7 Questions Leaders Can Ask to Build Trust

Coaching should be a common leadership behavior, integrated in all leadership communications. Although coaching sessions should be planned out in advance, informal coaching happens any time, any place. Often it consists of on-the-spot feedback, either positive, neutral or negative. Even neutral comments show people you care and you notice them.

As I mentioned earlier this week, you can’t have coaching conversations that leave an impact unless trust has been established on the leader’s part. I’d like to explore this fundamental step further because it can’t be overemphasized.

It is how a leader reinforces their message, walks their talk, shows people they care and it’s crucial to being an effective leader. It’s not rocket surgery, as a buddy of mine is prone to say, mixing his metaphors.

Creating solid relationships begins with asking questions, listening, and finding out about what someone cares about and wants for themselves. Here are 7 questions to ask that will build a solid foundation with a direct report.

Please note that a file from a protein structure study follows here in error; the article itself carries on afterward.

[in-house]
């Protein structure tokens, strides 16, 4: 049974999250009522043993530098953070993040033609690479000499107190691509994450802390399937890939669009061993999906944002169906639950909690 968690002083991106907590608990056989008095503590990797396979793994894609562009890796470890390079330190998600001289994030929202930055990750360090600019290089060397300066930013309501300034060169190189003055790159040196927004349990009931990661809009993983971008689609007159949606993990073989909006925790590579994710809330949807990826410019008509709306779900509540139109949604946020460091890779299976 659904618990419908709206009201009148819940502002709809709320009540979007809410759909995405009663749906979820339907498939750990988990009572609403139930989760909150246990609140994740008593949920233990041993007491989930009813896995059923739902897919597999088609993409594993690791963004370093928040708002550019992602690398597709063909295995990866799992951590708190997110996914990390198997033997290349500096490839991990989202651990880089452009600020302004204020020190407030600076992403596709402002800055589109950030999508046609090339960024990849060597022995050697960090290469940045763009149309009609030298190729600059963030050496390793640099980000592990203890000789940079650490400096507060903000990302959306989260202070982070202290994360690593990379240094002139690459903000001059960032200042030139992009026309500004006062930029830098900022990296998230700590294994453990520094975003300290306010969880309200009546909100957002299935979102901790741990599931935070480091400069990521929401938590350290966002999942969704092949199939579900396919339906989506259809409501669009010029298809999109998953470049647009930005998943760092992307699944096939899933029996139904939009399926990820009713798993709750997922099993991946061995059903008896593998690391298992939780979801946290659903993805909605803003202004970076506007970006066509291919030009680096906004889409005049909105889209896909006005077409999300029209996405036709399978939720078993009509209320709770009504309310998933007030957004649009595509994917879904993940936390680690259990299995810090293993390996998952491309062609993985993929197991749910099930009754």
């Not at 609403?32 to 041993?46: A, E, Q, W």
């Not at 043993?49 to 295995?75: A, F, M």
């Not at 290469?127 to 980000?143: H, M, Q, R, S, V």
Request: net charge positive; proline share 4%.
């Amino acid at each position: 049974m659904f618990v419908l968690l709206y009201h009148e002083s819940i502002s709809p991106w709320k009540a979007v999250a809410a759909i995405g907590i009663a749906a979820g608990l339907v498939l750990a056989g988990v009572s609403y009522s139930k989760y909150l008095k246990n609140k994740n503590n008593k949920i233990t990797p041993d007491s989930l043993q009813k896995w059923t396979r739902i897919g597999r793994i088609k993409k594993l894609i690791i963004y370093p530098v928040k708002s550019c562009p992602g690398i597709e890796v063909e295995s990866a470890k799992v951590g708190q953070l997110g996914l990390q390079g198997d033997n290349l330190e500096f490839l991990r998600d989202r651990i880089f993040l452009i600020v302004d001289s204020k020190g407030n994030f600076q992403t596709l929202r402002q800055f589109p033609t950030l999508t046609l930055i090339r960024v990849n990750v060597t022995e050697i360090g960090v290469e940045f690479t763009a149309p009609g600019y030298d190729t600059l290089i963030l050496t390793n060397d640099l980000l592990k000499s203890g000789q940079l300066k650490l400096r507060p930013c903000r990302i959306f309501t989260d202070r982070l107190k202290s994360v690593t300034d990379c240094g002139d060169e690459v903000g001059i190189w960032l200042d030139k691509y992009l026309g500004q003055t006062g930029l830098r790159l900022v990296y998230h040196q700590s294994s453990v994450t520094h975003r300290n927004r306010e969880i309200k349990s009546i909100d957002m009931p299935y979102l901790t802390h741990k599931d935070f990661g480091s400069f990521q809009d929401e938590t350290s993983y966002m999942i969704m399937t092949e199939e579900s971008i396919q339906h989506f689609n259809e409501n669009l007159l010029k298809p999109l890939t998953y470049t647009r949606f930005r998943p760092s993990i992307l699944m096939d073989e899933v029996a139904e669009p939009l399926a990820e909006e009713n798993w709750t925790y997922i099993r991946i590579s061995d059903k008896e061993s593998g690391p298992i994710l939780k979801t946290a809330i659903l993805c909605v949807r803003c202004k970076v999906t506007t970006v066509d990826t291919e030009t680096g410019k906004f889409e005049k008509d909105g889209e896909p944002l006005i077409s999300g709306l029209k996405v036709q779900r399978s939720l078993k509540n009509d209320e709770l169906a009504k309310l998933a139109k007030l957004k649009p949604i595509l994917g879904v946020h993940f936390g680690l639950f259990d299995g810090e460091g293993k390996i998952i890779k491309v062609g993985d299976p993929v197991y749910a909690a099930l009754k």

1. What’s the best thing you like about your job?
  2. What’s your least favorite thing?
  3. Where would you like to be in six months?
  4. Is there anything or anyone standing in the way of achieving your goals?
  5. What would you want to be doing in 5 years? At the mid-point of your career? At the end of it?
  6. What kinds of incentives really motivate you?
  7. How can I help you achieve your goals?

These questions aren’t the only ones that build trust, but they are important to know about a person working for you. Getting people on board with the objectives of the organizations requires they align their goals with yours. You can’t help them  do that if you don’t know them and what their personal goals are.

Coaching and leadership go hand in hand. Trust is created through inquiry, appreciation, discipline, reward and mentorship. It begins with getting to know someone and what they really care about.

In my work with Scholz and Associates, we help executives in leadership positions uncover trust deficits and improve leadership communications through coaching conversations. If we can help you, let us know.

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